In Las Vegas? Transport yourself to French brasserie Bardot


approaching the entrance of Bardot, one tends to forget one is in a Las Vegas casino. The portico is charming and portends great architecture and interior design. It was created to resemble a 1940’s French brasserie: a time when the country was rebuilding and rediscovering its joie de vivre. There are touches of pink — including pink roses when it isn’t the holiday season — for the romantic touch. It is the brainchild of I was glad to be hosted to experience it!

Dress attire is dressy casual. Mina purposely turns the music up a bit to rev up the energy of the room.

Accordingly, their  popular Saturday and Sunday brunch offers everlasting rose’. The restaurant appears to be going into more of a lunch format in early January. They also offer a number of rare wines by the glass, thanks to the new Coravin needle. Bardot is also the only place where you can order Dom Perignon by the glass. On this occasion, though, I ordered one of their freshly squeezed (tomato) Bloody Marys, garnished with cornichon, olive, lemon zest, asparagus and a pretty cocktail zebra cocktail tomato. I would describe the drink as savory and peppery, but not hot/spicy.



Speaking of drinks, I recommend that you order bottled water with your meal. I do not prefer the local Las Vegas tap water.

A basket of pastries showed good balance in flavors, providing some sweetness, some salt, some buttery notes, but with each being a different authentic creation. They were tender and light, not greasy. You will lose the battle against carbs!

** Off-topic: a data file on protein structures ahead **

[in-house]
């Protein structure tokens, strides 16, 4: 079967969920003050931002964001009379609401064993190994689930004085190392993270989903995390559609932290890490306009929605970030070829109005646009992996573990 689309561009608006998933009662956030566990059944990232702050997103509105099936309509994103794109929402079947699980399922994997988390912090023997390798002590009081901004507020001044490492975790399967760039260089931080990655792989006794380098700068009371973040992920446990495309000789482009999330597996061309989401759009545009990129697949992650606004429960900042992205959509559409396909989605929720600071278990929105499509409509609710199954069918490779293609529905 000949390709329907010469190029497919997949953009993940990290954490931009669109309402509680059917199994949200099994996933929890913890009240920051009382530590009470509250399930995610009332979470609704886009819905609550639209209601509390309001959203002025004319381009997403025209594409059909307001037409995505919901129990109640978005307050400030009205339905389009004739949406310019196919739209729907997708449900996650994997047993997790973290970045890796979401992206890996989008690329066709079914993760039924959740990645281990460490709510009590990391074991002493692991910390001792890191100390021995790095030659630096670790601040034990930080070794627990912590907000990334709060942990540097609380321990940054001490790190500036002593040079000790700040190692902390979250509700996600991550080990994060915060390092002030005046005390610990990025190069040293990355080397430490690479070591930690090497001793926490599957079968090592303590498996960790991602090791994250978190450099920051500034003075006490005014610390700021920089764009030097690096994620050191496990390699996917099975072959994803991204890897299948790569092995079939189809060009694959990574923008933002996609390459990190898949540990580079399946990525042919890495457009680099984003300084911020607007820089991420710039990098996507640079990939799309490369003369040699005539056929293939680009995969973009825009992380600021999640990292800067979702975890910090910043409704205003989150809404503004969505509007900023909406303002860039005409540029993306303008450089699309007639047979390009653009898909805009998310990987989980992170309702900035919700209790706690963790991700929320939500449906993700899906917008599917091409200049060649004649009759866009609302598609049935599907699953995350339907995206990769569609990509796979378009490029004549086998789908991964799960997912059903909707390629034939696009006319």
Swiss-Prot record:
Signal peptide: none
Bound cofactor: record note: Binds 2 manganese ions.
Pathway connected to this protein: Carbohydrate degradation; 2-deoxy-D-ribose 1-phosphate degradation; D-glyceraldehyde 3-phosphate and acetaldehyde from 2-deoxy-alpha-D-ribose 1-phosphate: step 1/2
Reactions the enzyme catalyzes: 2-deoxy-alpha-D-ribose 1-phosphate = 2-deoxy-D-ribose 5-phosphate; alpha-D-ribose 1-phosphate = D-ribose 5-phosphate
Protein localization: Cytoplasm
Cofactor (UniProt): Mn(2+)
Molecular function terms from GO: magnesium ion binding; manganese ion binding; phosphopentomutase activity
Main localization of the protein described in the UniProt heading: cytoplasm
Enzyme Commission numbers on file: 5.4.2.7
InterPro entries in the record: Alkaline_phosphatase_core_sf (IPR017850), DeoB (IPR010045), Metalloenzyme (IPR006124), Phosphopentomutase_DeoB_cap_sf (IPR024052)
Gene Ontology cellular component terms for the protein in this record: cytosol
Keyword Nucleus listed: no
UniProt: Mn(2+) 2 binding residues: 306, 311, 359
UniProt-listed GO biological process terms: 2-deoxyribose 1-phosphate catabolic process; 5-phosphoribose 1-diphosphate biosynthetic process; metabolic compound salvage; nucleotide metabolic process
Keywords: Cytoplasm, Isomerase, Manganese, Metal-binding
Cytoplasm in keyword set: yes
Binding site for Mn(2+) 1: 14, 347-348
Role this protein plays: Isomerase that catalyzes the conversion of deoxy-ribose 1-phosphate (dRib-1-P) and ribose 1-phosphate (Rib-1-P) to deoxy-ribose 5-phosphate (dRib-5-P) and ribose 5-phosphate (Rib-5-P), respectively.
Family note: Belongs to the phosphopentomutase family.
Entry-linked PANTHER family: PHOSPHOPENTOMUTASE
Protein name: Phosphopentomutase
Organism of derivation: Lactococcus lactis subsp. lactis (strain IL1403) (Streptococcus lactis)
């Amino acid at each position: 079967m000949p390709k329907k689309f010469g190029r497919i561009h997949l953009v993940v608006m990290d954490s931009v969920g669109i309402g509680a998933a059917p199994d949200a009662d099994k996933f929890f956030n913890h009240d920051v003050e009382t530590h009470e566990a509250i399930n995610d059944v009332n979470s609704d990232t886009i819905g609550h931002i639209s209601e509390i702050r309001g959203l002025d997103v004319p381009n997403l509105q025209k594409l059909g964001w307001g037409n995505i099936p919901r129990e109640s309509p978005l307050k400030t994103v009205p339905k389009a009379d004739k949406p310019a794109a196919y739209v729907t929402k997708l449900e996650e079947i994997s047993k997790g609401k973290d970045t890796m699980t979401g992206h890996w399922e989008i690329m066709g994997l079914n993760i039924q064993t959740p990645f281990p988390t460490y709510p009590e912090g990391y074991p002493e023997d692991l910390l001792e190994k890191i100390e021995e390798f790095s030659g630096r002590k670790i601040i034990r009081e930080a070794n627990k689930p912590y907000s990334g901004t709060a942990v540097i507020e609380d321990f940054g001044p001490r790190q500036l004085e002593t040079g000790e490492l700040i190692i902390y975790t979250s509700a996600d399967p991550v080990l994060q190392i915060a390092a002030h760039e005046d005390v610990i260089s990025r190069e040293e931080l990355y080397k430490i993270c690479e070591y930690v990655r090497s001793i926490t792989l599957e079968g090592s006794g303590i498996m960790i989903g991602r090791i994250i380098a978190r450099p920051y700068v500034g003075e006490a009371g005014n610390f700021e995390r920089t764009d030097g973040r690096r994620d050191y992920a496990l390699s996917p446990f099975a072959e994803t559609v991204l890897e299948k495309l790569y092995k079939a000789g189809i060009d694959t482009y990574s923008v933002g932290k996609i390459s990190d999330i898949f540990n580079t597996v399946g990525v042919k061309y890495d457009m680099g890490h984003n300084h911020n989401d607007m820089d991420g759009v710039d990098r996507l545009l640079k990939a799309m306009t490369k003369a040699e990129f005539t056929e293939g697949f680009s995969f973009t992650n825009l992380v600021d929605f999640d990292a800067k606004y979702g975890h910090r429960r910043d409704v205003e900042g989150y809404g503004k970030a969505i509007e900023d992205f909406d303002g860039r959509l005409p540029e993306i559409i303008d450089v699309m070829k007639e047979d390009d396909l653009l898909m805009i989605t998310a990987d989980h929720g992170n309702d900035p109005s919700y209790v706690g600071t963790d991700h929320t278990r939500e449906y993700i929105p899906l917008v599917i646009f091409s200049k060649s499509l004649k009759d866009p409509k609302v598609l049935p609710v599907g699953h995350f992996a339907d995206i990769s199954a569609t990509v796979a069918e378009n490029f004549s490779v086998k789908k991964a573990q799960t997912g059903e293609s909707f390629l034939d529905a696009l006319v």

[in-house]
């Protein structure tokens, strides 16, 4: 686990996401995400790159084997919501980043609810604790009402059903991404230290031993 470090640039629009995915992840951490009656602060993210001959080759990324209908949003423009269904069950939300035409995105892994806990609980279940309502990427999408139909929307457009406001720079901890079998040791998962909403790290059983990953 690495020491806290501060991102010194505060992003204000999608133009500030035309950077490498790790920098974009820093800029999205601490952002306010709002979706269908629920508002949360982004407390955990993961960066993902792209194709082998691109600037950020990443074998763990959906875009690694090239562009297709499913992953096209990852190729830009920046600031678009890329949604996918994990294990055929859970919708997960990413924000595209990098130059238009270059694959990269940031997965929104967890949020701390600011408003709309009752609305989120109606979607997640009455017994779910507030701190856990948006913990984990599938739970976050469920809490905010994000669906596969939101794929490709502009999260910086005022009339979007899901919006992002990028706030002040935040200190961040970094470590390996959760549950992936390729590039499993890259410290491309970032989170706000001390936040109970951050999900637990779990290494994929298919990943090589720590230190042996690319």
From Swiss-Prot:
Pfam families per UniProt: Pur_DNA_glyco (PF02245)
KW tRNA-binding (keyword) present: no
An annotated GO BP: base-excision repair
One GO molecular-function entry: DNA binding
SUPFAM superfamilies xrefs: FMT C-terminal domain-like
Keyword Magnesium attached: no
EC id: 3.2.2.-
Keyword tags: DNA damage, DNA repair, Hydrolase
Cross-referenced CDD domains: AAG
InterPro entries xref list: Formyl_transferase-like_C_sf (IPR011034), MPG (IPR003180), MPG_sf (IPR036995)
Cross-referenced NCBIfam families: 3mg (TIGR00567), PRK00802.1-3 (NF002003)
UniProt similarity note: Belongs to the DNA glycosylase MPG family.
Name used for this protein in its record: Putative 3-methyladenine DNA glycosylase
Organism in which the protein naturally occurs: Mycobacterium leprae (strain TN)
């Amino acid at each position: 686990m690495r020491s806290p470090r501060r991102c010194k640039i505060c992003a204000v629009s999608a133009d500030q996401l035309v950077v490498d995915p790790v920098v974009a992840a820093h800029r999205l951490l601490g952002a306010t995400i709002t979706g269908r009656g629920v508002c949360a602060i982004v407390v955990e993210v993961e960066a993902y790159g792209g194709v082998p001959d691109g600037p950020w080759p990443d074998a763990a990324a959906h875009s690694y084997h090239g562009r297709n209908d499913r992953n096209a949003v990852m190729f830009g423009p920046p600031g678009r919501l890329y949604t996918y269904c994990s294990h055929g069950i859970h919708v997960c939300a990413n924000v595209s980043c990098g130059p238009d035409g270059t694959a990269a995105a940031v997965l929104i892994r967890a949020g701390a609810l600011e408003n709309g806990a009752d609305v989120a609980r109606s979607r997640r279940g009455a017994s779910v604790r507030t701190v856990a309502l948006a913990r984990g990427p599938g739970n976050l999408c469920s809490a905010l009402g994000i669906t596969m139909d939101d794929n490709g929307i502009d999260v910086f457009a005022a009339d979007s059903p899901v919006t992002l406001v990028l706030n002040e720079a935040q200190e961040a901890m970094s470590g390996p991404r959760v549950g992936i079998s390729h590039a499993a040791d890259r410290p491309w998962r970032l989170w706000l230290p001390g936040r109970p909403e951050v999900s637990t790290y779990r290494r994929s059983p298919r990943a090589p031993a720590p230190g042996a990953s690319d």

The tiniest details are attended, to give that authentic French experience. Bread service comes with Echire butter and sel de fleur gris from France. Echire is a special AOC — name controlled to location of production, same as Champagne, but in the case, Deux-Sevres — artisan produced for over 100 years. It is said to have between 80-84% minimum butterfat. It’s very creamy, not lactic acidy, like I thought it would taste. The French salt is very salty!



A fresh way to dine is with the petite seafood tower. It had oysters from Washington State, strong and meaty, like the French ones I’ve sampled in Europe. They are small, with deep cups. I like them with a little Tabasco, to balance the meatiness. They’re presented with mignonette and lemon, as well. The other seafood in the tower were prawns, crab leg and lobster with remoulade. The seafood was seasoned with salt and pepper, so as not to be just blah proteins.


The foie gras parfait is made with chilled mousse foie gras, ruby port gelee’ and grilled country bread served separately. It’s like a grown-up, decadent version of PB & J! Cornichons garnish provide a sharp and tangy taste contrast.


Their onion soup gratinee’ is beef broth based, with baguette crostini and cave-aged Gruyere. But you have the option of add-ons to take it into splendor with black truffles, beef short ribs and poached egg! The truffles create the most intense aroma. Short ribs gives the brew a sweeter flavor than traditional French onion soup.


Can there be too much truffle indulgence? Nope! Their black truffle French fries are cured in salt water and apple cider vinegar, then fried in beef fat. They’re crunchy and packed with flavor!




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